President rejects to make the Istanbul Convention a matter of pre-election battles

The government wants to erase its signature under the Istanbul Convention; Čaputová advised the PM to turn to Constitutional Court.

President Zuzana ČaputováPresident Zuzana Čaputová (Source: TASR)

Several weeks ahead of the parliamentary elections, the much-disputed Istanbul Convention is reappearing as a topic among some politicians.

Responding to calls from PM Peter Pellegrini (Smer) and Speaker Andrej Danko (SNS), President Zuzana Čaputová said she would not ask the Council of Europe to remove Slovakia from the list of signatories under the Istanbul Convention. She met both on February 10.

“The Istanbul Convention has not been ratified and no commitments thus arise from it for Slovakia,” Čaputová said in her statement. As it is not an urgent matter, she sees no reason to open a debate on the Istanbul Convention ahead of the February 29 elections.

The Istanbul Convention, which prevents and combats violence against women and domestic violence, has been misinterpreted by several church organisations as well as the Slovak National Party (SNS) in recent years. The state signed the Istanbul Convention in 2011 when Iveta Radičová served as the prime minister.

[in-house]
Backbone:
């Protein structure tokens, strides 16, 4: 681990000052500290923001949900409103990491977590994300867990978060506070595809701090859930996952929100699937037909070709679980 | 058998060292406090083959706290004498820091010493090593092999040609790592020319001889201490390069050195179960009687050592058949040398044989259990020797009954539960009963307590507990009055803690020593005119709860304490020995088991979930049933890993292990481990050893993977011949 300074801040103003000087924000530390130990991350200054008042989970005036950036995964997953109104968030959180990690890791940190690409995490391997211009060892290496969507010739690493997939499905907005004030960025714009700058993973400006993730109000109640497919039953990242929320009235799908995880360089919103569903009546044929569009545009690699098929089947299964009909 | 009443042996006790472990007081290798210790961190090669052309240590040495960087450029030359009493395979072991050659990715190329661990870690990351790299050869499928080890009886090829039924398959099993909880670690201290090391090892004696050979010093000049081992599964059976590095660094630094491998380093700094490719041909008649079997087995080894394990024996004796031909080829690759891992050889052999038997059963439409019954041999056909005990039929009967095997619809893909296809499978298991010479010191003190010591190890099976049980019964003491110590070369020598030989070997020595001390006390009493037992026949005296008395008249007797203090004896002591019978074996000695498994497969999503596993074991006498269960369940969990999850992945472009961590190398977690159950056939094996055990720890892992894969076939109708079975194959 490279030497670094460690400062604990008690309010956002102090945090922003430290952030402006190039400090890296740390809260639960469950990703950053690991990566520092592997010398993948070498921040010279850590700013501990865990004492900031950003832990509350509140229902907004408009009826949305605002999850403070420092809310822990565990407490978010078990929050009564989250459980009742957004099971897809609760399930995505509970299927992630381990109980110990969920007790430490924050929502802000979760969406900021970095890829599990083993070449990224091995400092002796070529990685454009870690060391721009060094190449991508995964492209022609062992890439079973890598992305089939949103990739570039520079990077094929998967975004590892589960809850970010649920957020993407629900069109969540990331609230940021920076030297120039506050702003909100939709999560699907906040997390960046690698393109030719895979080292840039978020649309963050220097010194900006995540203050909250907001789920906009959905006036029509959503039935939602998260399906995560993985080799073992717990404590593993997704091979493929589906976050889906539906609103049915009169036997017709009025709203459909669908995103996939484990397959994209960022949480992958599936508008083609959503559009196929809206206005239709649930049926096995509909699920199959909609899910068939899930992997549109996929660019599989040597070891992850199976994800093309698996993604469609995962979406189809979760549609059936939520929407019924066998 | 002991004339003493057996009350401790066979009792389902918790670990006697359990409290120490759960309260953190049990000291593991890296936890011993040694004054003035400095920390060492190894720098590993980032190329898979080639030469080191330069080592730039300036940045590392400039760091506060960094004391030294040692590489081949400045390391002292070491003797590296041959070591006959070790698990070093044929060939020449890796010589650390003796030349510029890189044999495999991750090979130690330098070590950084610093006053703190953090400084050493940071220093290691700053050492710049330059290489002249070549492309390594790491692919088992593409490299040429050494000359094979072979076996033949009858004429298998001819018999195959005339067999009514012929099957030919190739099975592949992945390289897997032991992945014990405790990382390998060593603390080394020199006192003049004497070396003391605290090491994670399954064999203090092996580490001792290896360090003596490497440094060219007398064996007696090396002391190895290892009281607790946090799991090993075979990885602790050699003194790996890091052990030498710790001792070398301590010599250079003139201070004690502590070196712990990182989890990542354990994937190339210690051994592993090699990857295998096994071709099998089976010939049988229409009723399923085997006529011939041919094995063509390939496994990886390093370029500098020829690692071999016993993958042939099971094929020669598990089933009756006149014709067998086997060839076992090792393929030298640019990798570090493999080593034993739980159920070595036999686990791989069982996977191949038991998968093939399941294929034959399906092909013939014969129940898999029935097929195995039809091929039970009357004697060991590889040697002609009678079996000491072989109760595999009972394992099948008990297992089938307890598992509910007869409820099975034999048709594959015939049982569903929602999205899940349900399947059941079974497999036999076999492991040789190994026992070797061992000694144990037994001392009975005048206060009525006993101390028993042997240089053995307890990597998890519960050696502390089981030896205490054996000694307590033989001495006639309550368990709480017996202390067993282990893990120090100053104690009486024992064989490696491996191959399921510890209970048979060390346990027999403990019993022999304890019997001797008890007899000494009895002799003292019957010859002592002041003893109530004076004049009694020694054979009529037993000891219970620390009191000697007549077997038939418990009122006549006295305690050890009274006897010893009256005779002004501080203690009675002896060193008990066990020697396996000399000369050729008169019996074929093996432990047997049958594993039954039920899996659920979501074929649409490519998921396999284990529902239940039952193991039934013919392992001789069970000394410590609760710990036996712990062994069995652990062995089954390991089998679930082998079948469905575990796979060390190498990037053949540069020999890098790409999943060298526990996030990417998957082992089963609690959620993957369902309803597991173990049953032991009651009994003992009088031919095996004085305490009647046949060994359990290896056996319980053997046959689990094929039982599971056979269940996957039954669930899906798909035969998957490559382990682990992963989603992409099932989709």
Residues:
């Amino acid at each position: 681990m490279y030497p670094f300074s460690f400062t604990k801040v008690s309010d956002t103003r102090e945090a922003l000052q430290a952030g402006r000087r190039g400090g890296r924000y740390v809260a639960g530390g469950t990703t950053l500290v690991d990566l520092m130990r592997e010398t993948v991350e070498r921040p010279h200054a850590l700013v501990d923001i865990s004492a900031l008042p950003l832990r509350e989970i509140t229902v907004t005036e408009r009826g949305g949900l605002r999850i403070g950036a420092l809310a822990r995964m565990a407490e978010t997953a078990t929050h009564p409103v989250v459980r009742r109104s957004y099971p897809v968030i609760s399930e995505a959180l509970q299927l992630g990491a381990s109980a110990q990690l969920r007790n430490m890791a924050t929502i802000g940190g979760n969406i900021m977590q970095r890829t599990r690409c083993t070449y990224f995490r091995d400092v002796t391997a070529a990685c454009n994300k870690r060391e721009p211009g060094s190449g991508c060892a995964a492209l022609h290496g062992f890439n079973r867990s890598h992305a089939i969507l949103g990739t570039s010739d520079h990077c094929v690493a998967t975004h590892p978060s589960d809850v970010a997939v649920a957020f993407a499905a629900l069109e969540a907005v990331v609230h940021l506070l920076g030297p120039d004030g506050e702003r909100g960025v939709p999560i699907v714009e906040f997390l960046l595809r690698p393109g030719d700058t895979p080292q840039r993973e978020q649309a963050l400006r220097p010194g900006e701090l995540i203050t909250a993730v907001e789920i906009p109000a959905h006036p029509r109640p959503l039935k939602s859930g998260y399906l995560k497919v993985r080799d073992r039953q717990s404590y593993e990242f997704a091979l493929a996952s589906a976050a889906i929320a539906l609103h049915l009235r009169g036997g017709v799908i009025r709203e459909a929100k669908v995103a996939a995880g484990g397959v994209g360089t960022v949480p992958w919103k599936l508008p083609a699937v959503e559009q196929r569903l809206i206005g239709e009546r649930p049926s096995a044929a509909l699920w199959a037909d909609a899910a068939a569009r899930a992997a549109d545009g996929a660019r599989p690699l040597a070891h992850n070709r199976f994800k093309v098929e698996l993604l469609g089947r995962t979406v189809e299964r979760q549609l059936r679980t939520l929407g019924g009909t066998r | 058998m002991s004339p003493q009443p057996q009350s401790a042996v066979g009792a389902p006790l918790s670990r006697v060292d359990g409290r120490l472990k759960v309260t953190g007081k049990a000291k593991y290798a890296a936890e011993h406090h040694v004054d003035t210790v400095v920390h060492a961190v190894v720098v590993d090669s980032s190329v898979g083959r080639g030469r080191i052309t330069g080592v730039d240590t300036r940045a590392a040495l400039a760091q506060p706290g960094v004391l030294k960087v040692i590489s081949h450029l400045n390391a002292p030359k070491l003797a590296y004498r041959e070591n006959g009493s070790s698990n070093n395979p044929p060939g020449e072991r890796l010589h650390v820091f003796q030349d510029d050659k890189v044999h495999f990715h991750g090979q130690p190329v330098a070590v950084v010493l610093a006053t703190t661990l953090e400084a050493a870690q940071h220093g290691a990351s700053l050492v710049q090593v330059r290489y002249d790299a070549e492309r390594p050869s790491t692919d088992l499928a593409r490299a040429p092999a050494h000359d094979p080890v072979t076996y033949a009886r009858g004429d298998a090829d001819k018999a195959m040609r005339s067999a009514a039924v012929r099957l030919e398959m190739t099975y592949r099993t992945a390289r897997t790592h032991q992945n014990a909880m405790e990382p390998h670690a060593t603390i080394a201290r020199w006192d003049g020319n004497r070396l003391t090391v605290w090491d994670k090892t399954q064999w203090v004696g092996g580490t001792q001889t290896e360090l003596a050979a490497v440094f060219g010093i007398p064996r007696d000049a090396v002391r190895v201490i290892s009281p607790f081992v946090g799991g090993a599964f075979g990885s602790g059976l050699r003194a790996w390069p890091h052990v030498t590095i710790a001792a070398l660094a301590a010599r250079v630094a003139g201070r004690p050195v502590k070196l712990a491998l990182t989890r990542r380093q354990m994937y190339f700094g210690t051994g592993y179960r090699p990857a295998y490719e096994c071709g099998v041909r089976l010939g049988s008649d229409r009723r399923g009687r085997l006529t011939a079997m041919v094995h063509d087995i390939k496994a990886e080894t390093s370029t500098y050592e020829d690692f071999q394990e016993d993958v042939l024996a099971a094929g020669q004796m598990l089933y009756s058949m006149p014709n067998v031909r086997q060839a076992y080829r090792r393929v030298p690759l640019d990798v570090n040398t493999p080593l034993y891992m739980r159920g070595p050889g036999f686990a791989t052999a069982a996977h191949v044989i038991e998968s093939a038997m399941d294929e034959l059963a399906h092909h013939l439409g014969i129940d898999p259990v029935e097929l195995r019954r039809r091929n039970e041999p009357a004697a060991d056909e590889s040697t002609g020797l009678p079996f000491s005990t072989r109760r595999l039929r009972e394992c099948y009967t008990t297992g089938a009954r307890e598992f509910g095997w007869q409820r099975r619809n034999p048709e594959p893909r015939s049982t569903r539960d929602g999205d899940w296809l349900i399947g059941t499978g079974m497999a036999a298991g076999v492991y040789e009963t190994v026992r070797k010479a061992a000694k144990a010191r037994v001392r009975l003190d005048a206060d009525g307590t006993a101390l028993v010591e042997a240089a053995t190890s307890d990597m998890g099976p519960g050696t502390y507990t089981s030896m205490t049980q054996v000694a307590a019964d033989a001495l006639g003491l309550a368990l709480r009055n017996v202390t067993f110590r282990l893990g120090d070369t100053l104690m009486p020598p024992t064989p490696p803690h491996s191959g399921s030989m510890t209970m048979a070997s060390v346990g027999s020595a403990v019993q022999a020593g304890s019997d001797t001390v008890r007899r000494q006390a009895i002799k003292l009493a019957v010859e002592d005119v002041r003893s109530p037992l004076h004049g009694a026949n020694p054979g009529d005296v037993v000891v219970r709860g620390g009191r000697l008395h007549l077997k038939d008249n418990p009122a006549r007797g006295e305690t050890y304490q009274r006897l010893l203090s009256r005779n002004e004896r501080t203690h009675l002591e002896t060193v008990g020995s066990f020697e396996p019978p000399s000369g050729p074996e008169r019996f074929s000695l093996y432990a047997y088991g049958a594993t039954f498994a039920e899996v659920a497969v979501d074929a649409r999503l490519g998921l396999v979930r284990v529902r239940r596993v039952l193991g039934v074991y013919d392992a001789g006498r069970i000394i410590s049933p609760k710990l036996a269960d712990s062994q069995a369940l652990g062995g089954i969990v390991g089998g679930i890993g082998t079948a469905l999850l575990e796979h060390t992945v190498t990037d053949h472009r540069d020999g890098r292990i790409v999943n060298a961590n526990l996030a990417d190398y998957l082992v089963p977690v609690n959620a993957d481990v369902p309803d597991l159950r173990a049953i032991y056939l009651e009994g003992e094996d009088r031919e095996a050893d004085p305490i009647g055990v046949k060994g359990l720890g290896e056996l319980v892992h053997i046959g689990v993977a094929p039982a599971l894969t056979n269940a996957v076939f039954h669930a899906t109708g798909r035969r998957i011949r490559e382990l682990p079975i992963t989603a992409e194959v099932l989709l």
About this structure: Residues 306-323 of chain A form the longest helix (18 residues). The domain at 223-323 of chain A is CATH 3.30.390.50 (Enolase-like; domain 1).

Related articleIstanbul ratification still nowhere in sight Read more 

In late 2019, the parliament asked the government to cut off the ratification process completely and announce to the Council of Europe that Slovakia would not become the document’s contractor. The President, however, said this was not done in a way the Constitution requires.

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